Someone mentioned in an earlier thread here that taking advantage of the 2-4-1 offer at the Churchill War Rooms could be very problematic because of the lines at that sight. I don't know that the procedure is the same everywhere, but at the CWR you apparently must go through the ticket line, 2-4-1 voucher in hand, to buy your tickets. (That does make sense. Why would you not have to use the ticket-buying line to buy a ticket?) If not using the 2-4-1 offer, a prudent traveler would buy the CWR tickets ahead of time online, where I believe there's a 10% discount.

I don't know whether there are any other 2-4-1 sights where the choice comes down to saving quite a lot of money with the 2-4-1 offer or saving quite a lot of time by buying tickets ahead of time online at either full price or perhaps a slight online discount. Perhaps arriving somewhat before opening time with the 2-4-1 voucher would be a reasonable compromise.

Posted by
38 posts

IME, yes, you have to wait in line to buy tickets along with everyone else - essentially, it's presenting the (paper) voucher that gets you the (50%) discount (I'd say that at about half the sites we visited, the cashiers didn't even check if we had valid Travelcards or not...)

It will be up to each traveler to decide whether it's worth it - we've done the 2-4-1 thing at a number of sites on a couple of trips (though not the Churchill War Rooms), never had to wait more than 15 mins or so, and saved enough to pay for, say, a few nice meals out overall - YMMV.

Posted by
31 posts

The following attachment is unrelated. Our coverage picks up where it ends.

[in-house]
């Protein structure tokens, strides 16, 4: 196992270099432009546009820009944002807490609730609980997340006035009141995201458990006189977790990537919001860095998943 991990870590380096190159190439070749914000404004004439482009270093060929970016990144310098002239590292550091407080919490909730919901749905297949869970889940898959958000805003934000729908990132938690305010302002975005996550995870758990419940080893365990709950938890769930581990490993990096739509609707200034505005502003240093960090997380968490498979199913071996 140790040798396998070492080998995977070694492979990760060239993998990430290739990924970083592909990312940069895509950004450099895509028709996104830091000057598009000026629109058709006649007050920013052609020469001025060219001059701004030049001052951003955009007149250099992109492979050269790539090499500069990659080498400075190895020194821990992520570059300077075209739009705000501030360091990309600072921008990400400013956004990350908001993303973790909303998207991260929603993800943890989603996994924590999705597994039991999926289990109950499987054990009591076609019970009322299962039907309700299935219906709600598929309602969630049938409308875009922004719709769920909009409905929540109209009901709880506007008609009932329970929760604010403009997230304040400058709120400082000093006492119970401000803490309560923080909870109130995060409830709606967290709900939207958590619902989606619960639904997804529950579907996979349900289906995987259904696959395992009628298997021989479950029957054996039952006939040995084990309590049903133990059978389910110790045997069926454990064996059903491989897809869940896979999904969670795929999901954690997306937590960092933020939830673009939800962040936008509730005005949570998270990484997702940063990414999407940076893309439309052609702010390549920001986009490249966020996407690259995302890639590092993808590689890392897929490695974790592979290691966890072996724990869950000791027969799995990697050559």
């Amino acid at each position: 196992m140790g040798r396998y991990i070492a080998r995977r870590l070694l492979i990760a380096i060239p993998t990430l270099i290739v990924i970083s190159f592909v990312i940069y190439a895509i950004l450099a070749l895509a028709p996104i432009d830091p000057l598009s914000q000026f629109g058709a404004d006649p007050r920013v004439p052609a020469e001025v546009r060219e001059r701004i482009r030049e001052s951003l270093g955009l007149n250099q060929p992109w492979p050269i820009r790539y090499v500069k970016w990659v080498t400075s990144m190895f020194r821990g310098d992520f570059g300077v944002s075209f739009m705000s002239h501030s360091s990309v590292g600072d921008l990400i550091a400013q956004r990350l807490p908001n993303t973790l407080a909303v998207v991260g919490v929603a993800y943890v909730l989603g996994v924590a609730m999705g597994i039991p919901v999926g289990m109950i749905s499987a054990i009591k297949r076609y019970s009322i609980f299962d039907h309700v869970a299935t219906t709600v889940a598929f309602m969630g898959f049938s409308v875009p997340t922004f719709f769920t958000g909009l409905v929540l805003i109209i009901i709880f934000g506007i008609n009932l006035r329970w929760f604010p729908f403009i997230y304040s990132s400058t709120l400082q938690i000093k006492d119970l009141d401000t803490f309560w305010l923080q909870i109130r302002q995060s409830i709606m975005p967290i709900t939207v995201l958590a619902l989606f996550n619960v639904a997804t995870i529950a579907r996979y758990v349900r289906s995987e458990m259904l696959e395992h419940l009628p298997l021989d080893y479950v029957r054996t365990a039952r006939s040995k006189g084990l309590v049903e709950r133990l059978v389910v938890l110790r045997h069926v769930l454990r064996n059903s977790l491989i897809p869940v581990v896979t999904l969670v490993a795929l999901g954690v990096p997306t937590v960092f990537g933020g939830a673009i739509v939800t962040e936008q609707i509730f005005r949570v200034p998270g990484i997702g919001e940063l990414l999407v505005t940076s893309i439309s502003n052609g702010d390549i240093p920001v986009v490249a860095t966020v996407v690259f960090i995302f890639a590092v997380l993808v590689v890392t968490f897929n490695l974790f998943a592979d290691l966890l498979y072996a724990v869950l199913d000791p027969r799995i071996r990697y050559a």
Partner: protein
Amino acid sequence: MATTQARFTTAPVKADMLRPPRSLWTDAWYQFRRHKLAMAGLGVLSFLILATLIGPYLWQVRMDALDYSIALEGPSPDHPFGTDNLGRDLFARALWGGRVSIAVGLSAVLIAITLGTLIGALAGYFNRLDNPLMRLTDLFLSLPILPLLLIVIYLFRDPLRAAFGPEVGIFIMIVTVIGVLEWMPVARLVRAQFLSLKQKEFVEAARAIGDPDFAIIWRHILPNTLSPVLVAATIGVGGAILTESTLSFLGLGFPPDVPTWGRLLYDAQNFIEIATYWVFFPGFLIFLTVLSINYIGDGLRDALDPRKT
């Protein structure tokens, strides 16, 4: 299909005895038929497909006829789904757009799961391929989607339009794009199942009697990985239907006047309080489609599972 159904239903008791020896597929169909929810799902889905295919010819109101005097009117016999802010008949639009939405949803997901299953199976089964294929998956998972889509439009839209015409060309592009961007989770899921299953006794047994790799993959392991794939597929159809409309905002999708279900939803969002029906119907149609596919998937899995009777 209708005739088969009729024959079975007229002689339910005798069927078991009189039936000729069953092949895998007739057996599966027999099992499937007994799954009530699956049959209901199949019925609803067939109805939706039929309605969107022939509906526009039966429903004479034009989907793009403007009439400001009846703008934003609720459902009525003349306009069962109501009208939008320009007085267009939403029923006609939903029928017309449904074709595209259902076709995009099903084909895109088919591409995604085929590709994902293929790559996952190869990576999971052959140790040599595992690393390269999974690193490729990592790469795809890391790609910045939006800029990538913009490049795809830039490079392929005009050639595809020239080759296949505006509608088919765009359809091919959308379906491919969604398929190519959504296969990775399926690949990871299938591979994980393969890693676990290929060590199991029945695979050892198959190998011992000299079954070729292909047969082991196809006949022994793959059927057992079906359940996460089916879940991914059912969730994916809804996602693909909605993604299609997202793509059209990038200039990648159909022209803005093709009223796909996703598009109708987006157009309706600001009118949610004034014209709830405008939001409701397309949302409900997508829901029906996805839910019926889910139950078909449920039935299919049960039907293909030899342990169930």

Thank you so much for the input and advice! It is invaluable!

Just as a quick question- when were you guys all in London? I read that some things have changed since 2017 and want to make sure that the paper passes aren't one of them!

Thank you again

Posted by
31 posts

Perfect, thank you so much neighbor! :)

Posted by
21026 posts

I thought there was a blank voucher available online that one could print out and fill in at leisure. Perhaps I am misremembering. What I see now on the Days Out Guide website is that one selects the attraction of interest and specifies the number of people, the date, and the rail station (though it sounds as if your choice there doesn't really matter). The date is a problem for me, sitting at my computer 3 weeks before I head to Europe but more than 4 months before I will hit London. I see no reason why I should have to pick a date before printing out the voucher since I'm going to have to stand in line and buy one ticket in person, anyway.

Old information found online says there are printed brochures at rail stations that include some blank vouchers, but I don't know whether those still exist.

Update: OK, I just did a test-print of a voucher for a site up in Scotland (same website). I'm no longer annoyed! The date I entered doesn't appear anywhere on the voucher. Perhaps they ask for a date so you'll see the calendar that indicates the validity period for each site. For example, Hampton Court currently has offers available only for March and some days in April.

Update #2: Well, I'm not so sure now. The date I entered is embedded in the Voucher ID shown on the document, so who knows?

What is on the voucher are the limited times the voucher can be used (no Fri-Sun afternoons for the site I tested). So take a look at that information on the screen before you print the voucher, to be sure you can make the timing work.

Update #3: I've just looked at 10-12 potentially interesting sites in London, and none of them show availability dates beyond the end of April. Clearly, the information just hasn't been loaded yet. It's too early for late-spring and summer travelers to make plans.

I'd recommend not doing this too far in advance, because offers and restrictions can change.

Posted by
13042 posts

Most of the London attractions on the Days Out website have dates through April 30. Those that continue their offers into summer will update that later, perhaps right before May 1. The voucher booklets available at the train stations (sometimes) should be replenished with ones for May 1 onward at some point as well.

But I noticed that some sites outside of London, such as Bletchley Park, show availability through all of 2019. So I already printed out our voucher for that one.